This is something interesting, and this might get personal but that’s okay. I’ve noticed that I am going to the bathroom quite a lot. It’s not an abnormal amount, but it’s an annoying amount, and it’s sometimes caused me to drink less water because I don’t want to deal with it. It’s definitely mainly just because it’s a habit — when you only work part-time, you’re home a lot more than usual and can use the bathroom pretty much whenever. I got used to that, but it’s not always accessible at work (and even if it is, I can’t just be going to the bathroom every hour). At around the same time a few months ago, I learned that all these variations in urine output can be affected by hormones (aka your diet and adrenal glands), as well as issues with the core muscles.

And at the precise time I realized that, I was in the midst of really fixing my diet to repair my gut and my hormones, as I definitely wasn’t eating enough of the right stuff. I was also dealing with this irritating core pain. Now, of course, I can’t say for certain that my diet and my muscle pain is related to my irritating need to use the bathroom a lot, but it’s just something to think about. I’d say I’m doing better now, but I’m also slightly training myself to wait longer between bathroom trips. No shame — it has to happen!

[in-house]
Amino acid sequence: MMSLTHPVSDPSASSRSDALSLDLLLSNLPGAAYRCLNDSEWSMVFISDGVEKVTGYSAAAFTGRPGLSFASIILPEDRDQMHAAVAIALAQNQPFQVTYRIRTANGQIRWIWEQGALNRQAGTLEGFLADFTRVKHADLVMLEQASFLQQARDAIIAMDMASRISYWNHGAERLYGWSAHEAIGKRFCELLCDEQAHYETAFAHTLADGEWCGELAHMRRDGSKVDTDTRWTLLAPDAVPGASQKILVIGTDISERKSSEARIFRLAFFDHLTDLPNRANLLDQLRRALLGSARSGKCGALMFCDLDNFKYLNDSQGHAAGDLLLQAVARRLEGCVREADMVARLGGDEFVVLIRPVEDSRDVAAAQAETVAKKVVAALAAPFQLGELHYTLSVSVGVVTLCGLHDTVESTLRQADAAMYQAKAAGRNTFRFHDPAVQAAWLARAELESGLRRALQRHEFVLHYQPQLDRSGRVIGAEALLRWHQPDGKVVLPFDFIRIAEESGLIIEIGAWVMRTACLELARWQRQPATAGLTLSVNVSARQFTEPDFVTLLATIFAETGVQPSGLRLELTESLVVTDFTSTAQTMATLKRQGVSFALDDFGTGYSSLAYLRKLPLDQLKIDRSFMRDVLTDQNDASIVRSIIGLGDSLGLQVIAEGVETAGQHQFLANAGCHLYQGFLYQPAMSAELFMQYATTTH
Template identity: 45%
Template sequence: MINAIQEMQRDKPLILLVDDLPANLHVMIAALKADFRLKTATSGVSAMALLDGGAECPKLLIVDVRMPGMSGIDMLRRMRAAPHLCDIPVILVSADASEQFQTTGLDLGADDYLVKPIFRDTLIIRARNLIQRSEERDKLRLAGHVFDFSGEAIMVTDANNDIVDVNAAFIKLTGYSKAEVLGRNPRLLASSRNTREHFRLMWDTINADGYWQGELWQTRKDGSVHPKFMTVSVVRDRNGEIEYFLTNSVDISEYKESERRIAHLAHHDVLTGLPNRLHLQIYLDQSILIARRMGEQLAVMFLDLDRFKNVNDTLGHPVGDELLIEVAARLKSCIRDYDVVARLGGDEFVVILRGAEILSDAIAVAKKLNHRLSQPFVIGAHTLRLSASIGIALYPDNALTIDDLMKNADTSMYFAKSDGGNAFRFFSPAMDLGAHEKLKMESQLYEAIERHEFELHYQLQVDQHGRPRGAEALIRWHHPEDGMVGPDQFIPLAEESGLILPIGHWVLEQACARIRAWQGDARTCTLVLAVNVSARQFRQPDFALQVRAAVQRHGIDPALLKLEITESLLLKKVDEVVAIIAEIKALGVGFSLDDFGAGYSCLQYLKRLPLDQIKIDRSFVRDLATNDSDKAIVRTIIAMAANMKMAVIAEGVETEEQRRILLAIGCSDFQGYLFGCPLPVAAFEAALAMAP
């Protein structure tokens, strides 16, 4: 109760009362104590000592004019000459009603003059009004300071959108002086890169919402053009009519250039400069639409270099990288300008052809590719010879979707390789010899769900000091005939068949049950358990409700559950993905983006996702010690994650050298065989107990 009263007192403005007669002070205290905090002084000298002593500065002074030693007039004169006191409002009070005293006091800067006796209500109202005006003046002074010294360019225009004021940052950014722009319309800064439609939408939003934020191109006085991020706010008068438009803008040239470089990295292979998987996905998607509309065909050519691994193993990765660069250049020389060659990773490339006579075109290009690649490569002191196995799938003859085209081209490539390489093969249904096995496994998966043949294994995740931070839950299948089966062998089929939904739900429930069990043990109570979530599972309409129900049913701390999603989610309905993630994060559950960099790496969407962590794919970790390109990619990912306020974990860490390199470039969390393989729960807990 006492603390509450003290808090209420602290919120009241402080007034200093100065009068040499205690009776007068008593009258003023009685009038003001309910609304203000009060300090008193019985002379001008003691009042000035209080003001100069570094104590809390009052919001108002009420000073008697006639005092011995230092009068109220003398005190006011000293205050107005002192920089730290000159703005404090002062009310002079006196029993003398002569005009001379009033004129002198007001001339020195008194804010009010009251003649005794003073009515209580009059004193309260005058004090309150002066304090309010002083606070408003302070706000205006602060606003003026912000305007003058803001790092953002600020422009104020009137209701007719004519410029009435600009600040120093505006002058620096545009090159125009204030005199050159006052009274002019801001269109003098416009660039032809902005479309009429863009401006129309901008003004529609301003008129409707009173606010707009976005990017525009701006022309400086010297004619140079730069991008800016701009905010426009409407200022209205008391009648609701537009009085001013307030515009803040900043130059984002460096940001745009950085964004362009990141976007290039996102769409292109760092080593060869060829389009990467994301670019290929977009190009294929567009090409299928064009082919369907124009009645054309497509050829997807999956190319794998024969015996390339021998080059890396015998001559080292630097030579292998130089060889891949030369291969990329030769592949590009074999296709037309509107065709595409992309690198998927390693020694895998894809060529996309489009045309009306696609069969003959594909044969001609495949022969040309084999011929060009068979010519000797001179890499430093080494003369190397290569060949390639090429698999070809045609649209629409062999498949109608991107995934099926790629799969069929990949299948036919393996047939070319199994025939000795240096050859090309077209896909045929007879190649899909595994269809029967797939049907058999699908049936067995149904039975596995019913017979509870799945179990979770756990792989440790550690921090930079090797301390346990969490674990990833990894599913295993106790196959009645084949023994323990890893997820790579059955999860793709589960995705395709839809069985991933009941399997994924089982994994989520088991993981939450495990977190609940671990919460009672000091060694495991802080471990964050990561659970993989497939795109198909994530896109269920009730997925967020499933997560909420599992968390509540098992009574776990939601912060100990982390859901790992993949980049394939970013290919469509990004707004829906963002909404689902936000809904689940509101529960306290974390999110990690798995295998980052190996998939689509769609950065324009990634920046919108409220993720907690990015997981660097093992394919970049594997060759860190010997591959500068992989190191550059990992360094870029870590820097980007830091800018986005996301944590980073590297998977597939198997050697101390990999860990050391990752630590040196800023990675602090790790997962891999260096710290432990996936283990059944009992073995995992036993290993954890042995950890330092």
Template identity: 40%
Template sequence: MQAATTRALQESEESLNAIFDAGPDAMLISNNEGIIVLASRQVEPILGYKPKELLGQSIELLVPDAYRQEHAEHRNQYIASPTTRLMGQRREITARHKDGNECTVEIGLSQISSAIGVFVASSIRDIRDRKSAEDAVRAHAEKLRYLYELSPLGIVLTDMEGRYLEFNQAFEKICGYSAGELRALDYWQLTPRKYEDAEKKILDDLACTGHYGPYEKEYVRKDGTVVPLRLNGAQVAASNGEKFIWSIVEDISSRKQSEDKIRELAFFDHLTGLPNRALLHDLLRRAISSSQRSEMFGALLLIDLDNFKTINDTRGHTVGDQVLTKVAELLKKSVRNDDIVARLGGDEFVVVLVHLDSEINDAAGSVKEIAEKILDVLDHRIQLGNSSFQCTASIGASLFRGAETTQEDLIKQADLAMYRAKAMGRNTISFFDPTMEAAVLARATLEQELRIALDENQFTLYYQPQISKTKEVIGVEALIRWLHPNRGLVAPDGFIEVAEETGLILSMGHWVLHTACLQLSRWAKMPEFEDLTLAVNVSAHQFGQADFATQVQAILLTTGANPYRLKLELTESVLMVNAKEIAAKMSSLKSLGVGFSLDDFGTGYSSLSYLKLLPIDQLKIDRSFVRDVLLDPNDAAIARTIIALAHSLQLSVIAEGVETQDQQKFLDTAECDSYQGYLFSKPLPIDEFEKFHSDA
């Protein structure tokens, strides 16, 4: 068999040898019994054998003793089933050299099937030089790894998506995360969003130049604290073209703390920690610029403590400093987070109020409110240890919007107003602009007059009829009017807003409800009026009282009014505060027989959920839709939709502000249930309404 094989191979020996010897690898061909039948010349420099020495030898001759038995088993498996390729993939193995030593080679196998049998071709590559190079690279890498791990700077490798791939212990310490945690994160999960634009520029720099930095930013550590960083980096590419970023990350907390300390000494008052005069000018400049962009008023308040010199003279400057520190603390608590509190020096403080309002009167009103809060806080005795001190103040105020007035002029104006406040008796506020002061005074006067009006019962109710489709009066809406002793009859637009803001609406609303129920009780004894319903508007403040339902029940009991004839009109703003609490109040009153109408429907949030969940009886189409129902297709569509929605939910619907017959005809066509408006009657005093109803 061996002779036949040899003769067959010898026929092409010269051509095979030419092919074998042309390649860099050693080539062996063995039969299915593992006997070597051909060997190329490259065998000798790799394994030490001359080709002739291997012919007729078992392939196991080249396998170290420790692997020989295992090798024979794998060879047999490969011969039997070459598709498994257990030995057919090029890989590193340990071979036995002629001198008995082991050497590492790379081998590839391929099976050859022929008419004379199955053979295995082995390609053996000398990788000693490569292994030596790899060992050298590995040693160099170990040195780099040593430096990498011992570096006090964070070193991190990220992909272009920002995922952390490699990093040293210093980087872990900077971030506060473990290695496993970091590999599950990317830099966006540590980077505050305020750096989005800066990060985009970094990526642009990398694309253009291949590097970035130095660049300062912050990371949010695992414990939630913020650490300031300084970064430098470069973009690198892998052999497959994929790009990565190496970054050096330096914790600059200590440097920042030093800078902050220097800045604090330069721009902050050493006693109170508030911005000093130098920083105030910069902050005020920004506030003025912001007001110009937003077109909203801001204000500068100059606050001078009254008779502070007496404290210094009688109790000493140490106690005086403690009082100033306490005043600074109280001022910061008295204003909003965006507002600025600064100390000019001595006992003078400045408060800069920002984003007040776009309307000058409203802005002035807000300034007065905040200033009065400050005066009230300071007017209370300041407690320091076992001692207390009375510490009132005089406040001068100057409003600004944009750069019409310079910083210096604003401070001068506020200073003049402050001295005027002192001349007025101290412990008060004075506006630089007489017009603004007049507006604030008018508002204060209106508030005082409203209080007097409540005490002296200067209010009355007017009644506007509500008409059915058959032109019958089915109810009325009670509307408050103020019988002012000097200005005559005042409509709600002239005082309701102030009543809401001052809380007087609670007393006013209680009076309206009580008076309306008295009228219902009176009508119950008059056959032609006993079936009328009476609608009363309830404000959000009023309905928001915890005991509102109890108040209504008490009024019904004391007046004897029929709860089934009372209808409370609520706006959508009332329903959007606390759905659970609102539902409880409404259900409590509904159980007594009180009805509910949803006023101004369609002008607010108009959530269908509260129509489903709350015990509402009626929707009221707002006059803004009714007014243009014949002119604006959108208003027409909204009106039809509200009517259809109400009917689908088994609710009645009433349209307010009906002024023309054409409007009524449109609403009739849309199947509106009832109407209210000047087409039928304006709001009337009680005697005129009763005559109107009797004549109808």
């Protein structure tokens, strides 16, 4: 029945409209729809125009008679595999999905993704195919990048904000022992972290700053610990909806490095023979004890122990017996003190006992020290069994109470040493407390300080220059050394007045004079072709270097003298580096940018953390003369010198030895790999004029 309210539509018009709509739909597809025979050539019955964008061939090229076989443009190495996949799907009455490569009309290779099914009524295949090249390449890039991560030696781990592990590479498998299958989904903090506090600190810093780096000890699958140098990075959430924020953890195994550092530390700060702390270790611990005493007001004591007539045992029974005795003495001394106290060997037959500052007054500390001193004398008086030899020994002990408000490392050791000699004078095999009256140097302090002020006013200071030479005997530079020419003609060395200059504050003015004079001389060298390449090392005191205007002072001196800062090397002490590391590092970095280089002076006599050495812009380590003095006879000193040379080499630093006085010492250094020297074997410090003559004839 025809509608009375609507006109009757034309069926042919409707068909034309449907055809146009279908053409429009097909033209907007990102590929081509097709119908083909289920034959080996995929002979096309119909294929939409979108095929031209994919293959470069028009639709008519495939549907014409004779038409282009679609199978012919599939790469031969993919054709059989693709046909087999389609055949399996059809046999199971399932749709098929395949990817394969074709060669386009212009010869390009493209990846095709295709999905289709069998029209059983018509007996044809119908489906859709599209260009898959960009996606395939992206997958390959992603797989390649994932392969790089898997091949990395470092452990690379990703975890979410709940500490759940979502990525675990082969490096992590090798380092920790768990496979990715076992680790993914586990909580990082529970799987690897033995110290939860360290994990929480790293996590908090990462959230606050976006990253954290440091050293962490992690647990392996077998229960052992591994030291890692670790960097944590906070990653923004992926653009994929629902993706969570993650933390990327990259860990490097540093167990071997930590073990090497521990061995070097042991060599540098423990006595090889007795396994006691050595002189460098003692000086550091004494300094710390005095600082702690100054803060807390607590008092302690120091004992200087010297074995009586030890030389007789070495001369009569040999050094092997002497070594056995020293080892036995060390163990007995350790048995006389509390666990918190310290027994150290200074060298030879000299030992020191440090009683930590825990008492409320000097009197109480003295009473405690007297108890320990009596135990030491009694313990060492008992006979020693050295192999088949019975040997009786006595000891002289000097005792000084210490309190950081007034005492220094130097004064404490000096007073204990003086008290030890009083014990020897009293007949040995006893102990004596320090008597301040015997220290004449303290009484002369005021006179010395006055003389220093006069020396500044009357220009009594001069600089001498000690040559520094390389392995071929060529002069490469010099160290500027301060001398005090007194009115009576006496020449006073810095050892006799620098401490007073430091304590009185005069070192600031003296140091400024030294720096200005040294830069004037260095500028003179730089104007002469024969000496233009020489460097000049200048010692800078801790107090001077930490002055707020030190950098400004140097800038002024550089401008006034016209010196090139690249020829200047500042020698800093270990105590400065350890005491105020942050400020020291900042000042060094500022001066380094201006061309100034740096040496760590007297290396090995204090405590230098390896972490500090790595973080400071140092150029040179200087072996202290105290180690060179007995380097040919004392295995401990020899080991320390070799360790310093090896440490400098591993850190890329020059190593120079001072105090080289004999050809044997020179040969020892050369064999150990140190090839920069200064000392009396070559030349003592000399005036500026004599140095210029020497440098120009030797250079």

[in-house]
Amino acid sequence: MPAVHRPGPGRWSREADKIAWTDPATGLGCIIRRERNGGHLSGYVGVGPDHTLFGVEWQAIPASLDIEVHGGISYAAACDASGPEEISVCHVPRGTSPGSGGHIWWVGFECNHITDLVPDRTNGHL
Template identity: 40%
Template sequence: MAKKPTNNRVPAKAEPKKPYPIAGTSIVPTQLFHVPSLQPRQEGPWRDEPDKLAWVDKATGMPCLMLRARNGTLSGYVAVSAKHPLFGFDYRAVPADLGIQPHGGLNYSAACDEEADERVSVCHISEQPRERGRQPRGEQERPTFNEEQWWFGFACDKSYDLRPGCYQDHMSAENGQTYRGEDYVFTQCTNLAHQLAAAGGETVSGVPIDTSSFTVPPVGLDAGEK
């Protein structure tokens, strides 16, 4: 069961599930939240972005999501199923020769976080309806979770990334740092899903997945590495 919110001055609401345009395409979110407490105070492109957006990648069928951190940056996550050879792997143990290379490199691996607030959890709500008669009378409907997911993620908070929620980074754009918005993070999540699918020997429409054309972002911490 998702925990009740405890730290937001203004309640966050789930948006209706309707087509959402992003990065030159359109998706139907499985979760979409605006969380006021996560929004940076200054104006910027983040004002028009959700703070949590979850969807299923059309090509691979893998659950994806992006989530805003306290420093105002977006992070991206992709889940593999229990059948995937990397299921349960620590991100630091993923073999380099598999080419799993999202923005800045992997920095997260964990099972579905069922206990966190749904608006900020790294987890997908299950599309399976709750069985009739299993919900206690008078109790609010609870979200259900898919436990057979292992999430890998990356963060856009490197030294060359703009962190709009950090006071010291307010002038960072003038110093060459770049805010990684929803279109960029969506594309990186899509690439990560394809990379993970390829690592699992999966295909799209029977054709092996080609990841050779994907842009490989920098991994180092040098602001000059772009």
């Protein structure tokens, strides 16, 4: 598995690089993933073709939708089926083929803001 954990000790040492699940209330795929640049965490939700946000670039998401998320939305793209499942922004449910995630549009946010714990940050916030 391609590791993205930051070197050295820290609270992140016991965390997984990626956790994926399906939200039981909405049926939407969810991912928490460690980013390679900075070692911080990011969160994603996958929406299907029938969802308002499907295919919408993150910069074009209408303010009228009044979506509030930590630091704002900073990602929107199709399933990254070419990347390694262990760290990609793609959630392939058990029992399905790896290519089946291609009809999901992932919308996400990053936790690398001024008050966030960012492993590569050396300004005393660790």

It is unbelievable how the human body operates. Every time I learn something new about it, like how the gut controls a lot of the immune system, it absolutely blows my mind. And when I can actually apply it to myself or my athletes? What a wonderful feeling.

That’s the trick. When I remember how strong the human body is, I remind myself that I’ll be back to normal soon enough. And I also remind myself that normal does not mean pain-free. I don’t need to be pain-free, but perhaps I could do without the persistent pain that’s always in the same spot. There are definitely things I could do to feel better, but I don’t need to pressure myself to feel better, especially because you can’t always put a timeline on injuries like this — those with less of a sudden onset.

I think it’s good to be proud of yourself. And the good thing is I still learned from my experience today. I may have had a bad start to my day, but I really really wanted to show myself that I could turn it around. And I did. It was a struggle to convince myself, but I did it, and things turned out better than I could have expected.

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Jen Xu

Jen Xu

Athletic trainer, coffee lover, looking for a hobby I don’t have time for. I write about fitness, mental health, being Asian-American, and personal growth.